I plan and control my schedule: I do not react to what people want me to do, I act according to what I have to do. Every day, I have a plan even though it does not always go according to my plan. However:

  • It is not reasonable to expect an answer within an hour for an email.
  • It is not reasonable to expect an answer to a complex task in less than 24 hours.

The situation

My contract is 35 hours a week (if you think it is funny, you may laugh). I teach, I do research, I participate in the life of the University, my department, the COPL and the CERVO Brain Research Center by being director of different groups and subgroups. In 2023, I am even Interim Director of COPL, which is no small task.  I must also plan for the future and get funding for all these things. 35 hours is very short, it’s only 7 hours a day.

So let’s be clear: I do not check my email every day. I spend a lot of time with people, I prepare lectures and teaching videos, I work in the lab with students, I brainstorm on stuck projects or new projects, I write grants and papers. So let me tell you unambiguously right here, right now: everything else is more important than your email, whatever it may be. I don’t care what is in it: if you sent it by email, it’s obviously not that urgent.

So if I happen to get to my emails, it better be clear. It’s fine if it is short and relatively direct, as long as it is polite.


Email is the plague of the 21st century. I receive about 75 108 emails a day (see stats below). Of these, 10% are Mailing Lists (nothing to answer), many are useless Newsletters. Funny anecdote: I receive e-mails from 178 different people on Mailing lists from Laval University. Otherwise, 10% are e-mails where I am in cc’ed: if I am in cc: and no one addresses me, I will not answer. There are still 25 to 40 emails that require a reply. Suppose a question that is worth asking must demand at least 10 minutes to answer properly, that means that I should allocate at least 4 hours per day to read and answer my emails (or 20 hours a week ). Nobody wants a Professor (or anyone for that matter) to spend 20 hours of his 35 hours answering e-mails. Particularly true because if I did and did my teaching, that’s all I would do: teach my classes, and answer my e-mails. Answering all of one’s emails is like cleaning up a water spill with a fork: it’s simply impossible. If I have not responded to your email within 1 week, assume it has been forgotten and contact me again. I sometimes try to catch up with my emails on Sunday night, if I’m not tired.

But what is a good email?

A good e-mail has a line with an explanatory subject: “Meeting request for summer internship”, “Reminder: meeting this afternoon at 3PM at local POP-2165”. The email is polite but brief. The sender who wants an answer quickly summarizes the question so that the reader can understand 1) that it is a bloody question and 2) what the bloody question actually is. I often get answers to my own emails that I send to people who are much busier than me by summarizing, from the first line, what I expect from them with this email. Better yet, I will see them in person. An email that is too long probably requires a meeting in person.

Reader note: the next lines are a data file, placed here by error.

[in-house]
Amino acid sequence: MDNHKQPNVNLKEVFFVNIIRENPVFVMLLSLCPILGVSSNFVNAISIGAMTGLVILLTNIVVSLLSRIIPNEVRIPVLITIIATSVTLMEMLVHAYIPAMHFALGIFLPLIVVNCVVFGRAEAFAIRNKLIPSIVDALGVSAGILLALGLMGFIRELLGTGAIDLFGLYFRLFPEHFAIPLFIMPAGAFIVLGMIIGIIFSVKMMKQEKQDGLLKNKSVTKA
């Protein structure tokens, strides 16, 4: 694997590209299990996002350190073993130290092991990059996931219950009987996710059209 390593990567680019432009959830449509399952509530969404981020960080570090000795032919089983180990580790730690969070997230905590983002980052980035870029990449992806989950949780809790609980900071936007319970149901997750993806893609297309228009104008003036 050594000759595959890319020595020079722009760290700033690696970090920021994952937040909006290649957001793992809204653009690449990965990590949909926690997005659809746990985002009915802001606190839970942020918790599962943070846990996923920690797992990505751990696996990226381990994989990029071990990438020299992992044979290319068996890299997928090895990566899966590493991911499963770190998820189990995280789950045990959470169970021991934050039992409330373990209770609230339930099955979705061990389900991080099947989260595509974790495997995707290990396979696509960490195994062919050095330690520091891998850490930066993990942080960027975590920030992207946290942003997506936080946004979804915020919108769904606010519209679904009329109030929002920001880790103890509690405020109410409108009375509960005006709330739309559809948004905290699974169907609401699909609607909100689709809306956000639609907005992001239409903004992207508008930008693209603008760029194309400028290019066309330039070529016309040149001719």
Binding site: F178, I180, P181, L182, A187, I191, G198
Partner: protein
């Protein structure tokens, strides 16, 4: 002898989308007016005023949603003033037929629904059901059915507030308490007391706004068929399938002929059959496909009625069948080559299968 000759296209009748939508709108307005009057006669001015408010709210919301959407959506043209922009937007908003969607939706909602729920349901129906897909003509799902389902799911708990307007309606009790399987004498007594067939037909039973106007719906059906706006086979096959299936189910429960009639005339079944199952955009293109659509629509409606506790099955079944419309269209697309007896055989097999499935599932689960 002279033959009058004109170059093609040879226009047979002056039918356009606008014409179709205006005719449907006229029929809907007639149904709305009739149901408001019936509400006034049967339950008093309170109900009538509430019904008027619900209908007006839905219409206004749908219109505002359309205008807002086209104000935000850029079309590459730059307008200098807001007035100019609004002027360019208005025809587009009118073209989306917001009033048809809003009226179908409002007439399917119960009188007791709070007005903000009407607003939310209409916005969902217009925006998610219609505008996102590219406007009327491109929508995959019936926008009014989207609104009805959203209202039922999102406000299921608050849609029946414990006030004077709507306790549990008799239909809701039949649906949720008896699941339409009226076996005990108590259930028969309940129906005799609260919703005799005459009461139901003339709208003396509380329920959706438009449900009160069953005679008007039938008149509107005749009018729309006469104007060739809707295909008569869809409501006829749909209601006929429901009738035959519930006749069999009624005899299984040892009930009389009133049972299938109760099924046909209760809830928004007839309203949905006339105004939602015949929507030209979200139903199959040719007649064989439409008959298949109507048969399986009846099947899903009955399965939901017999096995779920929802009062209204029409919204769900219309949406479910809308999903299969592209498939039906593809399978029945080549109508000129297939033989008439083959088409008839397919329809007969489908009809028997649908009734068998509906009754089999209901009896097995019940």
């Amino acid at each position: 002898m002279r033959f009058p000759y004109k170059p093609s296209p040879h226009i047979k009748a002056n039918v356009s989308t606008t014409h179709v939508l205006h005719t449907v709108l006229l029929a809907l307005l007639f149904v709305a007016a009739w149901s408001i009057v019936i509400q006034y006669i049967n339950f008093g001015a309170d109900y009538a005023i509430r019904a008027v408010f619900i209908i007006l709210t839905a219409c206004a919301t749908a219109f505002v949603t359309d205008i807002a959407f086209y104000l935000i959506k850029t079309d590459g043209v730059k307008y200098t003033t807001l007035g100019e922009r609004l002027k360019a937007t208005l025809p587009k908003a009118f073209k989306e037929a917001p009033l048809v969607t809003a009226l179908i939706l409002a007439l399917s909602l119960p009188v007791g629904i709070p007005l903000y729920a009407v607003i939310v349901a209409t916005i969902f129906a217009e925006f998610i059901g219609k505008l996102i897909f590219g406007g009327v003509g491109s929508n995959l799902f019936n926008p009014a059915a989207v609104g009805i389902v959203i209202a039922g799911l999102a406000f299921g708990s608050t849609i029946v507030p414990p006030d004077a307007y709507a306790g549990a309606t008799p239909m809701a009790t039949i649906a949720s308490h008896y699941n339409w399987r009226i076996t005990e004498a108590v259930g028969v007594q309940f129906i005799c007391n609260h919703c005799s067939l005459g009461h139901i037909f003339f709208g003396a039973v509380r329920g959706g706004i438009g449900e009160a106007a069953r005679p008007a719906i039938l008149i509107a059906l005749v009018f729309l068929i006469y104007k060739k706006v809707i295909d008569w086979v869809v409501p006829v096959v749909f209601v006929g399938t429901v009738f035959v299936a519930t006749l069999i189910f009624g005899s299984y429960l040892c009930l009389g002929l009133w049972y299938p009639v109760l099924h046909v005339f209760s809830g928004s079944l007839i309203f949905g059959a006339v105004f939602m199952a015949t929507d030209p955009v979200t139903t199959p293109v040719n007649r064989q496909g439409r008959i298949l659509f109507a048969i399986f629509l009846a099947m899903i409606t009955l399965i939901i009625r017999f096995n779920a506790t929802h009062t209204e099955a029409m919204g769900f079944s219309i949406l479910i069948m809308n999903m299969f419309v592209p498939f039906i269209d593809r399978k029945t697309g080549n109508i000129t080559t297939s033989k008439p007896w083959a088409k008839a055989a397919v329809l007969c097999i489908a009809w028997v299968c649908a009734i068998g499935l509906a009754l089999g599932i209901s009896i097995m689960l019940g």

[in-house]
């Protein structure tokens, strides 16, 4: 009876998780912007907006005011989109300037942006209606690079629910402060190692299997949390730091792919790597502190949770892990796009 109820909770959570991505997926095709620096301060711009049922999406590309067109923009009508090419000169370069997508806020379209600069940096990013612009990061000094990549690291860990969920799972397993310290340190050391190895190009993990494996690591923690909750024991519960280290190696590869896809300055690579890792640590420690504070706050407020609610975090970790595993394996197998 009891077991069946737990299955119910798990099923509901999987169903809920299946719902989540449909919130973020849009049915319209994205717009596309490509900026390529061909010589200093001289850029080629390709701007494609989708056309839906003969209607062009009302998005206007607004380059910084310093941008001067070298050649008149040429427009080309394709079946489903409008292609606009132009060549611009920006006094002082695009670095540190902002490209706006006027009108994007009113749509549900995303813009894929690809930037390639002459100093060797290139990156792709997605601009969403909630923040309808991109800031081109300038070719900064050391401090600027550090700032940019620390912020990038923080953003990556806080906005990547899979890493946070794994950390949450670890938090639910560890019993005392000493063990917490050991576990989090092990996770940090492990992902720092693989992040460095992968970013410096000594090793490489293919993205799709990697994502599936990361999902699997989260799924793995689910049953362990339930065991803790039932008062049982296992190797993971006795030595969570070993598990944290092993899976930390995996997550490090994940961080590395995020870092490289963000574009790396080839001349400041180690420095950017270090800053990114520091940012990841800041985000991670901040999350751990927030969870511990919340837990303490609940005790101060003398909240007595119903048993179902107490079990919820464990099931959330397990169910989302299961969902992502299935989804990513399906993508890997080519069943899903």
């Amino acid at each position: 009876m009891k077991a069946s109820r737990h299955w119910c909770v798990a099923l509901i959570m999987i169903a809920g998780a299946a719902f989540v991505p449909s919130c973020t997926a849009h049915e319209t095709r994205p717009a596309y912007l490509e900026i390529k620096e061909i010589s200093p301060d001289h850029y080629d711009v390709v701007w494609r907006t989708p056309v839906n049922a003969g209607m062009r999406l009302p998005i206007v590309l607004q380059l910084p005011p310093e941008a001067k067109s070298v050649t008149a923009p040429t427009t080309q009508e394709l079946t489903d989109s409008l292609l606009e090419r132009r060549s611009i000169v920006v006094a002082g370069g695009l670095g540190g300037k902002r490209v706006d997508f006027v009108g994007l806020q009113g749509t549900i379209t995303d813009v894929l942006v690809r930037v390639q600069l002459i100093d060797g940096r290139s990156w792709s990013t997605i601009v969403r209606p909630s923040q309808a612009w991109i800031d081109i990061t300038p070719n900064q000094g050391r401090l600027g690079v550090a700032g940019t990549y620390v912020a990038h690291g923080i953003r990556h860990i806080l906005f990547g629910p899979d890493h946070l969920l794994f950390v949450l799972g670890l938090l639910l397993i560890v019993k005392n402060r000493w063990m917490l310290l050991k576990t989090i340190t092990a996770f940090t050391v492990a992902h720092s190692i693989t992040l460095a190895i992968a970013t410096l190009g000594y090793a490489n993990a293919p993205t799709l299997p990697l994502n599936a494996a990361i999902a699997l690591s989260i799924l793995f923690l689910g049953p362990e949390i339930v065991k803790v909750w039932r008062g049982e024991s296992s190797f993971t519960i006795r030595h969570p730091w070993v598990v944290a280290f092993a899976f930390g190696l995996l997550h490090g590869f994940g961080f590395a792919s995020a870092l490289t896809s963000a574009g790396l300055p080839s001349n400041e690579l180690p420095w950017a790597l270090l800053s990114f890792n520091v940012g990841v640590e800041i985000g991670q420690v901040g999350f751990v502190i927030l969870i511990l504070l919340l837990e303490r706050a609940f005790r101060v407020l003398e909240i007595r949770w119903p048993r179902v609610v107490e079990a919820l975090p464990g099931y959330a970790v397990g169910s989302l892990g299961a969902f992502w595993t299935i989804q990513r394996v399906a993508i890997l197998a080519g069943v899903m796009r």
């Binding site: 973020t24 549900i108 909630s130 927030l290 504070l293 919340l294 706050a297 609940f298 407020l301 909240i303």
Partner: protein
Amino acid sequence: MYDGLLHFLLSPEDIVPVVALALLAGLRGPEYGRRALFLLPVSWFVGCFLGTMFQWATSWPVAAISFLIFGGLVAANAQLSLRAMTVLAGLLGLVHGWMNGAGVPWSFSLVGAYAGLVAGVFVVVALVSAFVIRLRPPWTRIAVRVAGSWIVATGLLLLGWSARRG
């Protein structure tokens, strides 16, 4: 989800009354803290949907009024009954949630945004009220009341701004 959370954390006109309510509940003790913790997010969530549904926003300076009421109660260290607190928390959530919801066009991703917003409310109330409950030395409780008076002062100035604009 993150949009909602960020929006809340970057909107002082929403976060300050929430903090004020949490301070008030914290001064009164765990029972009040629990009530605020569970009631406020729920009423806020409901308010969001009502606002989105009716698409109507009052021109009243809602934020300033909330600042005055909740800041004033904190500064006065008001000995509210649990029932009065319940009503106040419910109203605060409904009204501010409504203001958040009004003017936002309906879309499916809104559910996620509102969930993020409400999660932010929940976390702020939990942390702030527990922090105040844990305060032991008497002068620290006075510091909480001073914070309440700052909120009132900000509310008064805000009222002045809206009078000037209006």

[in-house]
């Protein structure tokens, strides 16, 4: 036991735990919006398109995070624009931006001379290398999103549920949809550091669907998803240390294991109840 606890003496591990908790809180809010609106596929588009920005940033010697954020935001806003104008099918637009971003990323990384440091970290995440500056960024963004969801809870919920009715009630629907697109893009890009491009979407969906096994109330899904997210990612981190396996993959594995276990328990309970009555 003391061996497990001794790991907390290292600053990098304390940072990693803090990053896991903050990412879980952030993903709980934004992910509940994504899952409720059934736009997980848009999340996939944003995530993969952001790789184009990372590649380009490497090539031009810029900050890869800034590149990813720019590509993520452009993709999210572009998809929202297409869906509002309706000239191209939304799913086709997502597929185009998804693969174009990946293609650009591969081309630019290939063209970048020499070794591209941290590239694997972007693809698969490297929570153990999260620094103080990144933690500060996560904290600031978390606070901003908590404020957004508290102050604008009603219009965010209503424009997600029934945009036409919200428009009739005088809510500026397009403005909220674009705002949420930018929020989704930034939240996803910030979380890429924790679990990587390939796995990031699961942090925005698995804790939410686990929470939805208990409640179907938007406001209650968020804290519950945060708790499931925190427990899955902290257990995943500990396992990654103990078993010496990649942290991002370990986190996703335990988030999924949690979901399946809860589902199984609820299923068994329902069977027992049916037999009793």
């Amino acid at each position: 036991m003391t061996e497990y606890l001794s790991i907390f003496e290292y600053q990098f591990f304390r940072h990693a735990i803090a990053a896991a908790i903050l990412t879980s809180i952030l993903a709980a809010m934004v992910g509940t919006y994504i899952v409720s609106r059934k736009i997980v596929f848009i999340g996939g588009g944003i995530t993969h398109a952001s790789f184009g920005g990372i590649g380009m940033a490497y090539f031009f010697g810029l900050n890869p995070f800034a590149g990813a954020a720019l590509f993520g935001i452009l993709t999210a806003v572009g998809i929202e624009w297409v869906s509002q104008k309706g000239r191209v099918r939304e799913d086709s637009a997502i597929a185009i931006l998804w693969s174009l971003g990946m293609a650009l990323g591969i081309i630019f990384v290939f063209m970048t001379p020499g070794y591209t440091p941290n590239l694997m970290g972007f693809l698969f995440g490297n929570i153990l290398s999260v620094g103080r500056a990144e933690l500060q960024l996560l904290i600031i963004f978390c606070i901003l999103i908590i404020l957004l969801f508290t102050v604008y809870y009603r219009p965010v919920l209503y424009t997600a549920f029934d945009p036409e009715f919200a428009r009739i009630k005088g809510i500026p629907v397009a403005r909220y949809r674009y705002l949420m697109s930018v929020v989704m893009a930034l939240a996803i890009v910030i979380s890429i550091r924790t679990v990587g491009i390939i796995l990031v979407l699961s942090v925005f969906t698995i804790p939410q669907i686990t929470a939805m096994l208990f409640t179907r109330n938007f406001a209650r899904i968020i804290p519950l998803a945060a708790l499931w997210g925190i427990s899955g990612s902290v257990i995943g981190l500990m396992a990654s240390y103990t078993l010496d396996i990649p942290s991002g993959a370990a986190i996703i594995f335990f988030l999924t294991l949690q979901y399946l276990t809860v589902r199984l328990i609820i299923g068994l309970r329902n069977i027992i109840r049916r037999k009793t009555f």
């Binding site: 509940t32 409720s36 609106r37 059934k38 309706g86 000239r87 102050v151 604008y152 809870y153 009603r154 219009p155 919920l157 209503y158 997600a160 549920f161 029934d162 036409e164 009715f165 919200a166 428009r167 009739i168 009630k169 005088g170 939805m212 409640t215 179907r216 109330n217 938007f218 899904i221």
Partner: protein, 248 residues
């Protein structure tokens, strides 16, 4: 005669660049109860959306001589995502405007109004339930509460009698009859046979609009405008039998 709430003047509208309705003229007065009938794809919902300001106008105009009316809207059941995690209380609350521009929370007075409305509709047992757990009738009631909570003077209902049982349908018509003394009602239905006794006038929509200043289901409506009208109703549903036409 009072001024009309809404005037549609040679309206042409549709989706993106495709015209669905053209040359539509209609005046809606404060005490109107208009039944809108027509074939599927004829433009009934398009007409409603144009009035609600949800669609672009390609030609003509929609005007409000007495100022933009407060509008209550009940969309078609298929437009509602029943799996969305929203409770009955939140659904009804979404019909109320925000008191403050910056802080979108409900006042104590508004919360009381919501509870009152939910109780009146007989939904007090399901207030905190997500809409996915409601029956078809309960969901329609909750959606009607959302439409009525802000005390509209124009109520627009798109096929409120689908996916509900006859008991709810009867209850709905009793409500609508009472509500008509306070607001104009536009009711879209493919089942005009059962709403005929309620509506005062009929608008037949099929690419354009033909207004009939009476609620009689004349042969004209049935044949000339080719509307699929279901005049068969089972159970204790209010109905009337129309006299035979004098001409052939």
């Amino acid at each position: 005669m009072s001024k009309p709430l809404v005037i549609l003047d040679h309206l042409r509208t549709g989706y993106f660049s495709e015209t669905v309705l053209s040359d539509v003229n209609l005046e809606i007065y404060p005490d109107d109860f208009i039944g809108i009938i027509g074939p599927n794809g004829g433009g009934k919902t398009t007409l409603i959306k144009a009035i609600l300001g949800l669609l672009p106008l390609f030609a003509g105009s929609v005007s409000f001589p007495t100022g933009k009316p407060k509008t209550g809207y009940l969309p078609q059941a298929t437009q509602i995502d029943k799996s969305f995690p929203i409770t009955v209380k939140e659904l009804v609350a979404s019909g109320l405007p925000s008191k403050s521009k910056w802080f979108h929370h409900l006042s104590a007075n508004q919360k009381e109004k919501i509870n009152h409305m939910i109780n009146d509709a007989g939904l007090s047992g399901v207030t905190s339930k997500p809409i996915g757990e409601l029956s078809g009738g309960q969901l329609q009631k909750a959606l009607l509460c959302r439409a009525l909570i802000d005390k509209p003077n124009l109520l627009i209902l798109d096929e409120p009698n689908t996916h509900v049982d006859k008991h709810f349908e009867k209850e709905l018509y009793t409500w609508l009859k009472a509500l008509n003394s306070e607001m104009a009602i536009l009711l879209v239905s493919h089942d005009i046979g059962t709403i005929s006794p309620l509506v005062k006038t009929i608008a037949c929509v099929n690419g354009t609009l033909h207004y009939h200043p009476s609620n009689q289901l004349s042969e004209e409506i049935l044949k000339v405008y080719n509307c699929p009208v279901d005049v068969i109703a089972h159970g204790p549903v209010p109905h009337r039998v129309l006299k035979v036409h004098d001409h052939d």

A bad email

A bad email is an open question: “We should really meet for the project, let me know when you are available” or : “I do not understand the assignment, the question # 1 is not clear and I do not do not have the lecture notes ” or even “Come back to me with the list of important things and the milestones for the project so that I can move forward”. My favorites: “Please fill out the form which is available on our website as soon as possible”. Which one? due by? To whom do I send it? If you contacted me, could you have filled some of it for me? Id there a list to that form you want me to fill? or “Do not forget to pay the bill recently sent to you for service charges”. Which email? Are you the one who sent it? (hint: no) A reference number? (hint: not an internal reference  in the accounting system that I do not have access to, I mean a real reference for me) when by? to whom do I send it? if you write to me from the finance department, could you just ask me for an account number to pay the bill?).

2022 facts

  • I received 30,938 emails in 2022 (work and personal). It is an average of 108 emails per week day. 
  • On weekends, I received an average 26 emails, but in November and December before Christmas, it goes up to 60 per day (120 per week-end).
  • The busiest day with 211 emails was Monday, December 12 2022, also known as “Panic Monday” because everyone wants to have their committee meeting in 2022, and there is only one week left.
  • The second busiest days are November 16 and 17, where I received 200 and 193 emails. I suspect this is mostly Black Friday advertisements.
  • The slowest day was Friday June 24th, or St-Jean-Baptiste day, with 21 emails.
  • The second and third slowest days are December 30th (Getting ready to rumble!) and September 5th, Labour Day
  • I received 2097 emails from students. 3 students wrote to me 41 times.
  • I was the “to” recipient 25,846 times and cc:ed 4,726 times.
  • 2,840 emails were from Université Laval mailing lists.
  • 353 were from the Financial Systems (approvals).

You can also read “Daniel’s Dictionary of Academic Life“.

Daniel Côté, Updated on May 3rd 2023